Once again, the topic of Iran and its possible acquisition of nuclear weapons is in the news. On November 8, the International Atomic Energy Agency (IAEA), released its quarterly report. It for the first time publicly charged that Iran was developing nuclear technology for the express purpose of creating a weapon. This beyond the usual general claim that Iran is developing technology which could be used to create a weapon. Specifically, the report has concluded that they are conducting research to build a medium range warhead, and that it has conducted preparatory work for a nuclear test. Iran denies that its nuclear program is for weapons purposes.
Sure enough, the issue on the table is the response. The United States, busy dealing with its draw down of the wars in Iraq and Afghanistan is not interested in military conflict. Specifically, on the table is the possibility of financial sanctions in the form of freezing their central bank. This would serve to isolate Iran from the globe: however, critics say it would largely harm the civilian population and the government.
However, speculation exists that Israel may seek to launch an aerial attack on Iran’s nuclear sites. Israel’s defense minister, Ehud Barak, has stated that Israel could go to war with Iran, and that potential Israeli casualties could number less than 500. Israel has warned in the past that if it feels endangered by Iran and its nuclear program, it would not hesitate to attack. In response, Iran’s defense minister noted that Iran would give a “crushing response to those daring to attack the country,” and that “Iranian militaries will fight with the Zionist soldiers in Tel Aviv streets” if Israel attacks Iran.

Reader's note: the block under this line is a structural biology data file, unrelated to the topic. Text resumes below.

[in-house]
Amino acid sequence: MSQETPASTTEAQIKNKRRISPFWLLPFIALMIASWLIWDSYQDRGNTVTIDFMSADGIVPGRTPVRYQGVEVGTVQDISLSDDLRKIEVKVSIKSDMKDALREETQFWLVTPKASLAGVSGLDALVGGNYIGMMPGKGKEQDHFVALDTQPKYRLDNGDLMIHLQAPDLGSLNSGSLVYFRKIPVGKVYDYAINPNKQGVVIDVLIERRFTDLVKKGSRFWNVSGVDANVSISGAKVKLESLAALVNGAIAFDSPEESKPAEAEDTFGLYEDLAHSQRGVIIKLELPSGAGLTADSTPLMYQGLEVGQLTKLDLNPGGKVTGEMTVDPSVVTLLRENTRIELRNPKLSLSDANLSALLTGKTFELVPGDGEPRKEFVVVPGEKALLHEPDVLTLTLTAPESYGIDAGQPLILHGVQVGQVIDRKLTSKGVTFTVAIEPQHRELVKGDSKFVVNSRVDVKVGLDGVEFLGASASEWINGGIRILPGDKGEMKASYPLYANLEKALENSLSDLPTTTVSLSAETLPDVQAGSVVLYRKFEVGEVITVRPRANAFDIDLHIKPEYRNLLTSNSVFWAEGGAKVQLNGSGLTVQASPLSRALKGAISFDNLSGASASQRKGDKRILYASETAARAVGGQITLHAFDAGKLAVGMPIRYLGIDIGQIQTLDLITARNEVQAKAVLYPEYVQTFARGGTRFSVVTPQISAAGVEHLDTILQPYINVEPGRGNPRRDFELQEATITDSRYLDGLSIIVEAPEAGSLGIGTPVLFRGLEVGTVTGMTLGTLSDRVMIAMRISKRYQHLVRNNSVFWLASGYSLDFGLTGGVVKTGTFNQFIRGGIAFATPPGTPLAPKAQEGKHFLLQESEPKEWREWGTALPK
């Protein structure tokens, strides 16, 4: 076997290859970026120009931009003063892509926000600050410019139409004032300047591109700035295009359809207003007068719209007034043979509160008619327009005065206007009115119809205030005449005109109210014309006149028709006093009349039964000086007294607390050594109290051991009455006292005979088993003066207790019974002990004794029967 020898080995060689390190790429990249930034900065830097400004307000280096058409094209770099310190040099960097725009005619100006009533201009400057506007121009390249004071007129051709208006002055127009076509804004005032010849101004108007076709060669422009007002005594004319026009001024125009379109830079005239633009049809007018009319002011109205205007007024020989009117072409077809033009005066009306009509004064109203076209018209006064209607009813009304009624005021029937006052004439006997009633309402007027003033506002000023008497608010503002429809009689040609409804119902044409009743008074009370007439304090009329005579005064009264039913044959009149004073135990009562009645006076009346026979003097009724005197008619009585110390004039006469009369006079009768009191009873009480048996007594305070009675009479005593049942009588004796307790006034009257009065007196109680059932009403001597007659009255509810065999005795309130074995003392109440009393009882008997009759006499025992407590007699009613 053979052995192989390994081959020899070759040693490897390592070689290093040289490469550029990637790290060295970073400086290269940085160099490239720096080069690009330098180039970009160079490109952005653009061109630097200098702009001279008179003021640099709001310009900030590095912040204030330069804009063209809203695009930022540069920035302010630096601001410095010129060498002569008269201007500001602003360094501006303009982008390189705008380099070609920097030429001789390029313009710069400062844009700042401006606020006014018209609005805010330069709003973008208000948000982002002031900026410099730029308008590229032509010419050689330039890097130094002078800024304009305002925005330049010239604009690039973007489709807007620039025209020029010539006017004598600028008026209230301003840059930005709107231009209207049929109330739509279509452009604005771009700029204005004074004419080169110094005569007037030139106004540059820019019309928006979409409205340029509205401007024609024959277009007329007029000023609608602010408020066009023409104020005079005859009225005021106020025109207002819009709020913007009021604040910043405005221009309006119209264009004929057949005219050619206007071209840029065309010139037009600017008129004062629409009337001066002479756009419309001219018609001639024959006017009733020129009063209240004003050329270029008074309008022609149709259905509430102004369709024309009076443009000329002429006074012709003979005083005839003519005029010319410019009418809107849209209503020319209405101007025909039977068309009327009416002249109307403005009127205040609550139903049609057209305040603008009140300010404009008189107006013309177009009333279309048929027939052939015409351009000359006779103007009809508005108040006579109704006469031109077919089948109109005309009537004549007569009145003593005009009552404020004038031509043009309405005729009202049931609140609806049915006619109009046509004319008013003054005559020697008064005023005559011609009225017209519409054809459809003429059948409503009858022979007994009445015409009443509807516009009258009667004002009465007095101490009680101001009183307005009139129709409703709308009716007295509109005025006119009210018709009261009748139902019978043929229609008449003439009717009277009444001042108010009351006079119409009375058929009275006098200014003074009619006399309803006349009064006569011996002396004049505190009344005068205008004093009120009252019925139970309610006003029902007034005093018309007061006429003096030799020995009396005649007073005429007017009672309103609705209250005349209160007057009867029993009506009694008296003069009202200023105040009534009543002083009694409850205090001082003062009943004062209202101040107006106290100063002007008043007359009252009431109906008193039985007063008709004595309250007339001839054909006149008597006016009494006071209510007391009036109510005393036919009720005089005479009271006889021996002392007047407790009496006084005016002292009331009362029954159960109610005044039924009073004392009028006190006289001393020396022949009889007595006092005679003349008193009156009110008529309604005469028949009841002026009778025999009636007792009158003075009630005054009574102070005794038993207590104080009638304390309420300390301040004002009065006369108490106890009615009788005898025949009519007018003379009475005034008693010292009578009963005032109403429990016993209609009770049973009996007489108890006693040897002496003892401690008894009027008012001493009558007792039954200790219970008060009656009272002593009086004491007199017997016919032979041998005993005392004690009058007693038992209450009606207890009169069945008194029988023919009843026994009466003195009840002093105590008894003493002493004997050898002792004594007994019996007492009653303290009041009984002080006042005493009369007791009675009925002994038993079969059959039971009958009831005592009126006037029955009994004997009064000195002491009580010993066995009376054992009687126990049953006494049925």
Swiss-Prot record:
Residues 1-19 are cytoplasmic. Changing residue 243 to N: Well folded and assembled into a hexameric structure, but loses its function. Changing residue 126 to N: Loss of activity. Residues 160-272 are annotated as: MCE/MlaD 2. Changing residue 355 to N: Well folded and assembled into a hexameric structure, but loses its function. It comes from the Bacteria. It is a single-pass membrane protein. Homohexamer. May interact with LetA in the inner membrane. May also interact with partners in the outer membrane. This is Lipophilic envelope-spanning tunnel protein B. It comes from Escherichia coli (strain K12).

The power dynamic between those with nuclear weapons and those without is interesting, unfortunate, and ironic. Its ironic because those with nuclear weapons go to extraordinary efforts to ensure that others dont gain nuclear capabilities. Many of those same countries, however, are the same countries that fail to enter into dissarmament treaties. Its like a parent that smokes, telling their son or daughter not to smoke. Obviously, I see that my analysis is oversimplifying the matter and that there is a lot of real risk in a country like Iran having a nuclear bomb. But lets work on making the entire world less nuclear, and not just a selective group.
As it pertains to the situation in Iran, the international community should do all it can to ensure that no military conflict ensues between the two nations. Erupting a war between Israel and any state in the Middle East would be disastrous for a region that is already dealing with two armed conflicts.